- Sleeping Mat
Upgrading to a mat with tons more features doesn’t add substantially to the price. And having a mat that inflates by itself is incredible when I’m a little tired or crabby. Food for thought.
Speaking of Food...
How much food you need will depend on how far you’ve got between restocking stations. For multi-day hikers, this might mean carrying everything. For thru-hikers, you’re in essence multi-day hiking on repeat with difficult logistics, so the same logic applies.
The list below is my starting point for multi-day hikes. You’ll need to change it to cater to your own tastes and calorie needs.
Breakfast: Overnight Oats
- Powdered milk
- Jam (if I’m splitting the weight)
Hot Meal: Pasta or dehydrated meals
I usually have at least dehydrated meal with me (they are just so convenient), but there are plenty of people who use them every day. Otherwise, just throw some pasta in with oil and salt or pesto - add tuna if you want some meat.
Other Meal: Tortilla with refried beans
Throw some refried beans (plastic or silicon ziplock bags, don’t bring a can) into a tortilla with some cheese and spinach (lightweight and doesn’t matter if it gets squished).
If I have a dehydrated meal, I get a double serving and have this cold for lunch the next day. Check out our article about backcountry nutrition for some extra tips!
- Chocolate bars
- Nuts and seeds
- Dried apricots
- CLIF (or similar/homemade) bars
You need to work out where your water will come from. Then, you need to plan something that’ll ensure access to drinkable water.
Most of my lengthier hikes have been in Scandinavia where there’s abundant drinkable running water almost everywhere. I carry water purification tablets but haven’t found myself in any situations where they’ve been necessary.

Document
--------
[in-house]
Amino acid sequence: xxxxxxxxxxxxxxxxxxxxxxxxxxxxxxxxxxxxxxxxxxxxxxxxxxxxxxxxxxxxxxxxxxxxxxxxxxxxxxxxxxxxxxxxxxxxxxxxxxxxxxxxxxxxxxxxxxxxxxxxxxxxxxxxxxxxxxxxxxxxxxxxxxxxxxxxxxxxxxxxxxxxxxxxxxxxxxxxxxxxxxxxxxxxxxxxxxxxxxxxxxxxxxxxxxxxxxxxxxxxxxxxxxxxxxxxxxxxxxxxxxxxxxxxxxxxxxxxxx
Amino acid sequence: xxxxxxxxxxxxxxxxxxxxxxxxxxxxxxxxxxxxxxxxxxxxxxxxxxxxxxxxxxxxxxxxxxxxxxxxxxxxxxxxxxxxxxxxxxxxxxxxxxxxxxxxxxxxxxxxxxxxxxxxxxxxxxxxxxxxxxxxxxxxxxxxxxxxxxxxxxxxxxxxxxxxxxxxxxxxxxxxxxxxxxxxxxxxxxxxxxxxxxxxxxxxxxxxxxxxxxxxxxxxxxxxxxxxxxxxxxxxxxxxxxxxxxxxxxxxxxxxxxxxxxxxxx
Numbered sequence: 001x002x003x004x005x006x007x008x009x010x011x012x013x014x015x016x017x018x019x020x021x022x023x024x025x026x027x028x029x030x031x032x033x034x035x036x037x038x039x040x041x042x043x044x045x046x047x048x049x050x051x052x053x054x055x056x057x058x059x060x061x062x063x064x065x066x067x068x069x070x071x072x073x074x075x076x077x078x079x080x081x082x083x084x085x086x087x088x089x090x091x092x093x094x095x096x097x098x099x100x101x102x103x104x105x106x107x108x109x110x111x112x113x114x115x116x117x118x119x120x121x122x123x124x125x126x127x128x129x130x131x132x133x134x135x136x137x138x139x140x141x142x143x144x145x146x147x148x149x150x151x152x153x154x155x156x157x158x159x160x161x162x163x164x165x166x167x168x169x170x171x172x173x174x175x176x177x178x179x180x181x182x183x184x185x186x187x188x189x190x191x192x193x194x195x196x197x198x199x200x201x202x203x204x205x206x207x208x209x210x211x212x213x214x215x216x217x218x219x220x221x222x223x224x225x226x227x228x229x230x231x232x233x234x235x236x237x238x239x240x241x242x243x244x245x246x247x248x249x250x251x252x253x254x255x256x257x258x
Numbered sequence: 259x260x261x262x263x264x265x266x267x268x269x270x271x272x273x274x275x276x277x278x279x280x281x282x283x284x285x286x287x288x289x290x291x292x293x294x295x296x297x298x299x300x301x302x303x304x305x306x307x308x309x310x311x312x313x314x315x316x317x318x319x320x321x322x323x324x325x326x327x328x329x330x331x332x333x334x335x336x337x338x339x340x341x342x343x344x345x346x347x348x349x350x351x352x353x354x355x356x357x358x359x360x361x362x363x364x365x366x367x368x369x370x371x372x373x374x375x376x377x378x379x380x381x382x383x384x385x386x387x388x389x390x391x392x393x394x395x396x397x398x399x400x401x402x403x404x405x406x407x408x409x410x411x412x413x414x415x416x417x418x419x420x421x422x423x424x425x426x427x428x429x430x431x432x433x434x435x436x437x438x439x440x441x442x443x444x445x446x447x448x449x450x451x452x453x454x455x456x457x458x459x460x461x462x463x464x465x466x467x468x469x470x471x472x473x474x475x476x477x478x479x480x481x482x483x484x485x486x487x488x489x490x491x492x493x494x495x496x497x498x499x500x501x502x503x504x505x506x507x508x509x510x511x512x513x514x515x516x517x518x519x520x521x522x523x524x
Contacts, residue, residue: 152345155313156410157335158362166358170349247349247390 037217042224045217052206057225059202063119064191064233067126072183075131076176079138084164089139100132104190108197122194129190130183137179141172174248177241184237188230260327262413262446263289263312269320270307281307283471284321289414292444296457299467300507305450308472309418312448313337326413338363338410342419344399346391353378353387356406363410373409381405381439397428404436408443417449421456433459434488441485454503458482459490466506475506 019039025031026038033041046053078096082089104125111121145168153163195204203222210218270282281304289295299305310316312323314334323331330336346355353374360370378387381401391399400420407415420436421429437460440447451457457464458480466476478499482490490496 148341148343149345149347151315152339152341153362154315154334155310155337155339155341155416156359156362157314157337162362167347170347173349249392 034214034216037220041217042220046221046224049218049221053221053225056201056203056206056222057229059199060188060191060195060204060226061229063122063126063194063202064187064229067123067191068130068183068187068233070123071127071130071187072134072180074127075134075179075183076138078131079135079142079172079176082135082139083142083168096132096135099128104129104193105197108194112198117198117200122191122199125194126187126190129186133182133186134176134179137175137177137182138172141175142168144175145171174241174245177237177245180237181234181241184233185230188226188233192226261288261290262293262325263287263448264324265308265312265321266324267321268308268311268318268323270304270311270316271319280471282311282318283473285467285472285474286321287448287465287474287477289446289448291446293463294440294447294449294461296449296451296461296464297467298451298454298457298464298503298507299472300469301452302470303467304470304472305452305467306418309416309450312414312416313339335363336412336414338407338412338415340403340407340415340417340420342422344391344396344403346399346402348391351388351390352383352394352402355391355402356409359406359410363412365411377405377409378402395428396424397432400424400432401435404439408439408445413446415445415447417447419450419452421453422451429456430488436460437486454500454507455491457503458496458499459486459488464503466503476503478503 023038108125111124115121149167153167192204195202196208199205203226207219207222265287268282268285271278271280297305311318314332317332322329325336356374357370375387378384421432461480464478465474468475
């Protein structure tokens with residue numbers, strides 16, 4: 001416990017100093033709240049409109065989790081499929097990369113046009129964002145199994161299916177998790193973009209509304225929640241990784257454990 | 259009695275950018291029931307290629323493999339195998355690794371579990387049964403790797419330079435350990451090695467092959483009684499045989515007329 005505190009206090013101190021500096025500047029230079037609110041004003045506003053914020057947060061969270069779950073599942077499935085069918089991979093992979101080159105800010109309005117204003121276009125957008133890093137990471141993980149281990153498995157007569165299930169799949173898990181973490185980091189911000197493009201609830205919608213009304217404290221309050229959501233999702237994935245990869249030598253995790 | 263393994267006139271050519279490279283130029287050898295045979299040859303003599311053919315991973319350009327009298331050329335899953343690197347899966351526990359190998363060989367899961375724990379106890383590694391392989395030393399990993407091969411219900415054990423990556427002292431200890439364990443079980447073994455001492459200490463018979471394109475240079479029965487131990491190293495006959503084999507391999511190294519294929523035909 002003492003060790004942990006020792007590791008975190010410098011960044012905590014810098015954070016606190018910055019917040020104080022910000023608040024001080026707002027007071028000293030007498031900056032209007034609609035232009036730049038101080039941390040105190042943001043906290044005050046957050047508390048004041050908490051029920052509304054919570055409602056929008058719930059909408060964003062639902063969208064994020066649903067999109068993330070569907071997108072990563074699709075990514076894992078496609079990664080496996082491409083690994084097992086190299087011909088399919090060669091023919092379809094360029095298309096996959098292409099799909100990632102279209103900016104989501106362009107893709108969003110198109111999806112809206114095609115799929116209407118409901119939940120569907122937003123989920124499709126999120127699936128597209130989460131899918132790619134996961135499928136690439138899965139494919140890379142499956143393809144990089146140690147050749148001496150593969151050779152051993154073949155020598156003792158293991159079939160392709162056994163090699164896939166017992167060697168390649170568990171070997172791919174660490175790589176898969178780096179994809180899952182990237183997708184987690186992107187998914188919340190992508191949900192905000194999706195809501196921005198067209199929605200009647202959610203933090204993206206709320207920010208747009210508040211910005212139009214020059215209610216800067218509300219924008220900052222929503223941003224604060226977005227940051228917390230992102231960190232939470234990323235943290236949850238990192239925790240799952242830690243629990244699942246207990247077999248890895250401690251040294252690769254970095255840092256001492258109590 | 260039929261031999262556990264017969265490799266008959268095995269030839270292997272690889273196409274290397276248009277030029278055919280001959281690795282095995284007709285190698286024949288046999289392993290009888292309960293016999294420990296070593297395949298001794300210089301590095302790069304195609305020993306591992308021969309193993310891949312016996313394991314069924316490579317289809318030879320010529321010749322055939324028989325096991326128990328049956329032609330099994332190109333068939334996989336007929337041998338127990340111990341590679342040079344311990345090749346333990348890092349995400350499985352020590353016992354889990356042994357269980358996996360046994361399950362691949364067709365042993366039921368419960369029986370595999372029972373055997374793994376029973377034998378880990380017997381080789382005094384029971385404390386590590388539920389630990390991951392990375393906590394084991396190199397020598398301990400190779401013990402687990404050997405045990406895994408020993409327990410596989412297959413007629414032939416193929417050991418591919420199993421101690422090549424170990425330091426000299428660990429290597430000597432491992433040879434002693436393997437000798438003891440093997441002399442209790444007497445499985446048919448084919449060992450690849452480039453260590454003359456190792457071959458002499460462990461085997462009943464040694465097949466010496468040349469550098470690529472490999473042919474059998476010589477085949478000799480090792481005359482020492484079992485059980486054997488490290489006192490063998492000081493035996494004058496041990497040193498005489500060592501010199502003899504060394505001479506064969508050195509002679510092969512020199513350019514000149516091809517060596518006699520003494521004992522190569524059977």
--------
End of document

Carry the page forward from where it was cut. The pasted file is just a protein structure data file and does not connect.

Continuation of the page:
If you’re headed somewhere a little more gnarly, you’ll want to take a filtration device with you. Some filters even come attached to a soft flask or bottle, so you can fill it up and drink without waiting for a drip-fed filter or chemical/UV treatment.
Tableware and Storage:
I avoid tupperware on longer hikes because I want my pack to get smaller and lighter as my food disappears. But, I am conscious of my waste (I love the “I leave nothing but footprints” hiking mentality). So, here’s how I balance that:
- Collapsible bowls that double as storage (like the Sea to Summit X-Seal)
- Silicon resealable bags (reusable baby food pouches are good too)
- Camping mug
- Spork (or cutlery set)
- Chopping board
- Tea towel
Packing and Miscellaneous:
- Your hiking backpack
Get it fitted in a specialty store. The consequences of ill-fitting backpacks are chafing, added soreness and injury. It’s not worth the risk.
- Waterproof Stuff Sacks I prefer these since they make backpack organisation a breeze. But you can line your bag with a heavy duty garbage bag in a pinch.
- Basic first aid kit
- Head torch
- Navigation stuff (GPS, Compass)
- Hand Sanitiser/Pocket Soap
- Duct Tape/Tenacious Tape
Finally, I once interviewed an experienced Danish outdoorsman who suggested bringing something to improve the mood of the group. I love this advice!
Whether it’s a deck of cards, surprise candy, a little tipple or a small tub of nutella that’ll make your breakfast oats infinitely more delicious - making your group members happy is a weight sacrifice I’m willing to make!
Check out the huge range of camping and trekking gear available from Wildfire Sports and Trek.